Tuesday, 18 February 2014

Diary of an Unsmug Married by Polly James

What happens to love when life gets in the way? 
A funny and perceptive read about real relationships. Perfect for fans of Dawn French, Sue Townsend and Bridget Jones’ Diary. 
Meet Molly Bennett. Married to Max and mother to two warring teenagers, she’s just ‘celebrated’ a significant birthday. 
Bridget Jones would call Molly a “smug married”. So why doesn’t she feel it?

Is it because everyone seems to be having a better time of it than her? Or is it that Max has started showing more interest in ‘business trips’ and less interest in their sex life?
Molly begins to despair. And then an old school friend starts flirting with her through Facebook …

The Diary of an Unsmug Married by Polly James was published by Avon on 13 February 2014

Readers of a certain age will recognised the term 'smug married'; invented by the one and only Bridget Jones in her own famous diary.

Molly Bennett is far from smug, she is most definitely unsmug.  Molly's diary details her everyday life and focusses mainly on her family and work.  Family is husband Max who seems to be a little preoccupied with working out and catching the eye of their new (attractive) neighbour.  Molly also has to share her home with two teenagers who can't really stand each other, and their antics are where most of the laughs come from.

Molly works for her local MP, in his constituency office, he's a bit of an idiot and Molly really hates her job.

Molly has just celebrated a 'landmark' birthday, and to be honest she feels like life is just coming apart, and then she receives some messages on Facebook, and then she starts to consider ..

The Diary of an Unsmug Married is a fairly quick and very easy read, despite it's length.  Molly is one of those women who make the rest of us feel OK, or smug about ourselves!   I enjoyed reading about her home and family, especially some of the children's antics, but really couldn't connect with the stories about life at the office. Molly works for a politician, so it's natural that the book centres heavily on political issues, and although there is a lightness to this aspect of the diary, I began to lose interest very quickly in those parts and much preferred the time spent with the family.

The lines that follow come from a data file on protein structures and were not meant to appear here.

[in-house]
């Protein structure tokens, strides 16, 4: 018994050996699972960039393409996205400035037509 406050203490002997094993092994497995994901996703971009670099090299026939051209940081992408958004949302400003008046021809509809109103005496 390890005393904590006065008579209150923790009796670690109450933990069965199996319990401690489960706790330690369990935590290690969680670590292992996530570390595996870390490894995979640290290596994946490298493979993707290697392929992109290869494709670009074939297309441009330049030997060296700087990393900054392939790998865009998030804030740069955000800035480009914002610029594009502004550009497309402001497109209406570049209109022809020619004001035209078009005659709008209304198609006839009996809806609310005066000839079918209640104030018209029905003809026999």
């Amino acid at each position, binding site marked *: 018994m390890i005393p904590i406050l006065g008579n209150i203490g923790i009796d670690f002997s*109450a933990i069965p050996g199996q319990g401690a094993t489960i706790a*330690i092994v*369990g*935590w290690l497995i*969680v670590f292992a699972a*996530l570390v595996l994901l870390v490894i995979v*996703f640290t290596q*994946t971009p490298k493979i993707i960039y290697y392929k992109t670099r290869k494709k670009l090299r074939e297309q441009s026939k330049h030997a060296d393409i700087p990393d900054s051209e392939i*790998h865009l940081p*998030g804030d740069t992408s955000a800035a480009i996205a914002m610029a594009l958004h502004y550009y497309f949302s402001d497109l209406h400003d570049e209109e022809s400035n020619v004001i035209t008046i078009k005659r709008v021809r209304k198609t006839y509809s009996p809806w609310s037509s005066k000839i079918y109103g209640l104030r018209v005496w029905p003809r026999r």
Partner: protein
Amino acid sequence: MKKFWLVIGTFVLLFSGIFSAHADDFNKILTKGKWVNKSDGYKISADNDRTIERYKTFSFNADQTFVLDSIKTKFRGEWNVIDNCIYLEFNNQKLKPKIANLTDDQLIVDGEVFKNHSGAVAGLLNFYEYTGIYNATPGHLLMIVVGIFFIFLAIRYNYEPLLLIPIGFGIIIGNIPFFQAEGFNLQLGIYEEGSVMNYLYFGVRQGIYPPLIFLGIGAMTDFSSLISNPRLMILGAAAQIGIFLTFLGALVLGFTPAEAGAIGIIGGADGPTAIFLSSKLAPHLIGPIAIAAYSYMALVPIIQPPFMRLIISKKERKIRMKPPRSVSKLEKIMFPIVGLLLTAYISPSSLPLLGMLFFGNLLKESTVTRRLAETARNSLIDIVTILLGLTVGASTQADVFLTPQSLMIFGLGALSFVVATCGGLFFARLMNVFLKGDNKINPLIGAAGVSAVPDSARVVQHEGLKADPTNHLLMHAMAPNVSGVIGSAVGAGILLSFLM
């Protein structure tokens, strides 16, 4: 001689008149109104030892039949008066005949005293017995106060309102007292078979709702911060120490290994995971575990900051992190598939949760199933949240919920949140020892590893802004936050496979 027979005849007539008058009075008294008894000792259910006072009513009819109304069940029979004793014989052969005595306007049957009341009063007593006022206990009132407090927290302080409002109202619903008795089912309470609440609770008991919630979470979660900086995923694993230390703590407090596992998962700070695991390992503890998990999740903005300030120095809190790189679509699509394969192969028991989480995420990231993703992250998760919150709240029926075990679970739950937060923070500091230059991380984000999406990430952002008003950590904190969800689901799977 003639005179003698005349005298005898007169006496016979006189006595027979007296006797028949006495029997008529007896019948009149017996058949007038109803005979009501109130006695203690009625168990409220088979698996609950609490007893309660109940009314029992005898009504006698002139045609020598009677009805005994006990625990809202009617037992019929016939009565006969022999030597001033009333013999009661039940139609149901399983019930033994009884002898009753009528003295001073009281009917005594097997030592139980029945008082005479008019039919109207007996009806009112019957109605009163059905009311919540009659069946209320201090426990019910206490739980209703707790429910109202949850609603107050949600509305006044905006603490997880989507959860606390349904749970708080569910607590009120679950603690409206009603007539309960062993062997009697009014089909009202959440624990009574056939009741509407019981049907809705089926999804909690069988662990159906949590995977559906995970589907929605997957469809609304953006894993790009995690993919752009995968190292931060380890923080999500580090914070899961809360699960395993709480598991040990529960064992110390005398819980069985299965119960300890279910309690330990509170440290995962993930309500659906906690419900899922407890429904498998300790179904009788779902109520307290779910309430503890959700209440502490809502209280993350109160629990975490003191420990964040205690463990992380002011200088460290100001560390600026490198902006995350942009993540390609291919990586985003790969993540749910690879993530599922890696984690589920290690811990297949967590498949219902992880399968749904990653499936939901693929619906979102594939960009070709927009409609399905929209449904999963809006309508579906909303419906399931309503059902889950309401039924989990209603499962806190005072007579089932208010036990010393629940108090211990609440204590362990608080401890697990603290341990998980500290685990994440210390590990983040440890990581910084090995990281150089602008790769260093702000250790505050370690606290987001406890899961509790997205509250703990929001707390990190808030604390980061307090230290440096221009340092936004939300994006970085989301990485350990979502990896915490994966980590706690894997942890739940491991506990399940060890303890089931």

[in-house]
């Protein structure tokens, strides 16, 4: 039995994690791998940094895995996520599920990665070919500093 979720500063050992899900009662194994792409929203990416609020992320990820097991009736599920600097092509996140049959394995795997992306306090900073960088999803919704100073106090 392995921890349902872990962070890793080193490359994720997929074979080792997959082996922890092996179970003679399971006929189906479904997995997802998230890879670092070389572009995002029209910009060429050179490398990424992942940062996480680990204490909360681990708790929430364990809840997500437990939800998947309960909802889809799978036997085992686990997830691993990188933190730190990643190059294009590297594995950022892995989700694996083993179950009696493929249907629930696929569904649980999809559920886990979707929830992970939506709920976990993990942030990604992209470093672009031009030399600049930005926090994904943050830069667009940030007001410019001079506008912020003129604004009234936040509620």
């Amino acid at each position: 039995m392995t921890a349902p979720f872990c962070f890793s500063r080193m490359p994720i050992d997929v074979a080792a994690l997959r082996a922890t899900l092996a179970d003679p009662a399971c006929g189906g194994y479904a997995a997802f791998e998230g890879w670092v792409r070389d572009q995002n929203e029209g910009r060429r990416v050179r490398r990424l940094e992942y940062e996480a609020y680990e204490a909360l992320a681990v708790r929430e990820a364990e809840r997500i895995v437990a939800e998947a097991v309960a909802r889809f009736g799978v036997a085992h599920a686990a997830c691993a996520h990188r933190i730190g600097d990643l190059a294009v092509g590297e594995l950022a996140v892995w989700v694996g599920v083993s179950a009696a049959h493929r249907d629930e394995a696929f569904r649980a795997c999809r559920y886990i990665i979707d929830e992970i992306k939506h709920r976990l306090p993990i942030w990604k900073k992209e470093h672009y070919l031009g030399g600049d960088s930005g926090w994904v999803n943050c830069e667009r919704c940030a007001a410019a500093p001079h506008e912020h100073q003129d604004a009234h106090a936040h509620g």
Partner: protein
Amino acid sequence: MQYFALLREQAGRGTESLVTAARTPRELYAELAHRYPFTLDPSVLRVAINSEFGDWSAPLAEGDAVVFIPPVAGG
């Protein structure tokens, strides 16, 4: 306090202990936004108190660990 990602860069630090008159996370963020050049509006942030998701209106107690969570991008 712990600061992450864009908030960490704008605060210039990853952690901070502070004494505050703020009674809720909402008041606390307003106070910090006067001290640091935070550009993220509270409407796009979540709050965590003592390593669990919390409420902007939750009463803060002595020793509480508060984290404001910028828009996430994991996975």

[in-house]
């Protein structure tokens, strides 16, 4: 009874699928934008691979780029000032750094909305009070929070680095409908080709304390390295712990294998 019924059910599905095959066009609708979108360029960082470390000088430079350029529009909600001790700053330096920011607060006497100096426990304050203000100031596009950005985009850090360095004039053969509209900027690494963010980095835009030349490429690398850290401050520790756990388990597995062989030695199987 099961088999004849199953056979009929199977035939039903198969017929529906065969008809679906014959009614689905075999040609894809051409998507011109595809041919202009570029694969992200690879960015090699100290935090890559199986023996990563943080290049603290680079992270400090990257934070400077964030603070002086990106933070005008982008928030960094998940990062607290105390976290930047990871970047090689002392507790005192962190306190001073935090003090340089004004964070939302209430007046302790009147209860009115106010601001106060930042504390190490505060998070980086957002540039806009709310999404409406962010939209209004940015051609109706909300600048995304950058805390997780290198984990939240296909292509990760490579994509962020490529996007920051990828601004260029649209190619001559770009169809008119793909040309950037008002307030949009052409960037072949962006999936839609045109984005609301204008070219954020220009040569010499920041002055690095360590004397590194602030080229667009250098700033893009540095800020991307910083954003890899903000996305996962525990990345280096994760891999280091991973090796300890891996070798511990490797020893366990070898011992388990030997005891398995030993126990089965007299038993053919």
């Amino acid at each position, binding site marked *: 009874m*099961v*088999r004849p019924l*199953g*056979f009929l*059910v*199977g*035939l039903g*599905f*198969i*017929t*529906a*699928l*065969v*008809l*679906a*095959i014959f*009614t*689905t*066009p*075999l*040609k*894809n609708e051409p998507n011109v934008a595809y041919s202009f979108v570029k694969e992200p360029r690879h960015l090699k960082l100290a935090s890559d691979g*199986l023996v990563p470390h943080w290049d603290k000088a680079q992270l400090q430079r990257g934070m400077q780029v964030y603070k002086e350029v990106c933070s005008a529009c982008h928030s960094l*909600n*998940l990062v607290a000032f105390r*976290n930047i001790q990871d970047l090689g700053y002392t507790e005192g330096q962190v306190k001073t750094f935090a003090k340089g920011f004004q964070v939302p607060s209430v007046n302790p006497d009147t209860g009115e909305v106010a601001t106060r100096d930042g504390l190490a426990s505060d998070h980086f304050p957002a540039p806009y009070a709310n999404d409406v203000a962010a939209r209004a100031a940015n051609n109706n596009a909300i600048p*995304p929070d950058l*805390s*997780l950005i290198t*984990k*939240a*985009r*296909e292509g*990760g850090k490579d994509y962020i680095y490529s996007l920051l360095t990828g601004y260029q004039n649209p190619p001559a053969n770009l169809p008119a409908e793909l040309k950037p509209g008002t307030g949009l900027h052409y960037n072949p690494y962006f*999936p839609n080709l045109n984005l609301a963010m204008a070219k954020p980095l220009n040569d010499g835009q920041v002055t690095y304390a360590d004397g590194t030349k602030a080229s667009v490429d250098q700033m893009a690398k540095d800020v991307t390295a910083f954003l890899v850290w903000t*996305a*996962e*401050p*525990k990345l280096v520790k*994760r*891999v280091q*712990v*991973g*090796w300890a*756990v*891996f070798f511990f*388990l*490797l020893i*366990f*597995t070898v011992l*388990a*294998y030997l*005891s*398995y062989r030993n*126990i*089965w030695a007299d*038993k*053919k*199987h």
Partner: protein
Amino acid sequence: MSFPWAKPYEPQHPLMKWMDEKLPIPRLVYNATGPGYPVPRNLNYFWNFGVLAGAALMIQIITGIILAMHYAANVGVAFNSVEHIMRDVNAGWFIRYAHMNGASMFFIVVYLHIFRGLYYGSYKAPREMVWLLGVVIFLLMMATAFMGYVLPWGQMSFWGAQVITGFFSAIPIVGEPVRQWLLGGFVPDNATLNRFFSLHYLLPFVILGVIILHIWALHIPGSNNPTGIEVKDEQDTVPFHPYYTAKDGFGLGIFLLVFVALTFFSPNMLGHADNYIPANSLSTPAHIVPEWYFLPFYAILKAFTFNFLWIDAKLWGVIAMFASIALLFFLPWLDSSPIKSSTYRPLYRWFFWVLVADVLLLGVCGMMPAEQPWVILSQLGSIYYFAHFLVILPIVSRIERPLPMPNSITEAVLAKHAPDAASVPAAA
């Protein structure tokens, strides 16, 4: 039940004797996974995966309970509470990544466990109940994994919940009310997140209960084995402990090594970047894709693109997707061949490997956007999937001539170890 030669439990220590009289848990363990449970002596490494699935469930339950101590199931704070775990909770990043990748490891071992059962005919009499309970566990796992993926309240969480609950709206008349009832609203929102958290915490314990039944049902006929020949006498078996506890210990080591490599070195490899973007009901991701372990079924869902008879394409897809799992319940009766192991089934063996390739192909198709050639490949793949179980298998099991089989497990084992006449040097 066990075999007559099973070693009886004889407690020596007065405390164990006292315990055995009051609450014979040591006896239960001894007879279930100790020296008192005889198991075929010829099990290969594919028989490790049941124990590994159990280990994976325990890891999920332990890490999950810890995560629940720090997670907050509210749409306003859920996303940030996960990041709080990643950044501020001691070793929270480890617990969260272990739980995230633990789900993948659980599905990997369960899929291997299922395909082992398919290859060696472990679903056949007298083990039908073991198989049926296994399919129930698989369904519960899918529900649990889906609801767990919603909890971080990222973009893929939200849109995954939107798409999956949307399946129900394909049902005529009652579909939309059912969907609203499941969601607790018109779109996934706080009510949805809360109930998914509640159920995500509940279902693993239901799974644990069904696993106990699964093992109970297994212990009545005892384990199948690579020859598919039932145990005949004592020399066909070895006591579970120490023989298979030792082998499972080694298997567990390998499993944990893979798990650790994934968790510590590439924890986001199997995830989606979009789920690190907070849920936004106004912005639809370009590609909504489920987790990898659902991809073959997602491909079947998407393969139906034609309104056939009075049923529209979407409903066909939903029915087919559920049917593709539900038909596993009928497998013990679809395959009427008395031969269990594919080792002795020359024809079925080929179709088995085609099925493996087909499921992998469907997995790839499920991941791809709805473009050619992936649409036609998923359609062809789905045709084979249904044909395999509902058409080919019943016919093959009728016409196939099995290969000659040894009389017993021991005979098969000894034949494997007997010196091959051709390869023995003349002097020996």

Without the politics, I would have loved this book, but the details of Molly's work and 'The Boss' just annoyed me after a while, so although I do think this is a light-hearted, genuinely funny book, I can't say that I loved it.

I do like the diary style that it's written in though.  Short and to the point and keeps the story moving along nicely, well apart from when The Boss rears his head, but that's what Molly thinks too!

On the whole, The Diary of an Unsmug Married is an honest look at the life of a stressed out, middle-aged woman.  It's funny in parts, it's very realistic, but for me, it did have it's downside - and that was the politics.

My thanks go to Olivia from LightBrigade PR who sent my review copy on behalf of the publisher.

Polly James was born in Wales, but now lives in East Anglia, which she finds unnervingly flat, and chock-full of writers.
She works as an editor, but has had a variety of different jobs, ranging from teaching dance, and designing clothes, to being an advisor for the CAB and a caseworker for two different Members of Parliament. She has found something to laugh about in all of them.
Polly is married, with two children, and a large extended family, none of whom find her half as funny as she thinks she is.
Find out more about Molly at The Mid-Wife Crisis Blog 


  1. I am just about to read my review copy, keeping up gets harder, need to learn to say No more often. :)

  2. Ah see politics and me just don't get on to be honest, if it came my way I would read it but won't actively seek it out. Thanks for sharing your thoughts Anne

    Lainy http://www.alwaysreading.net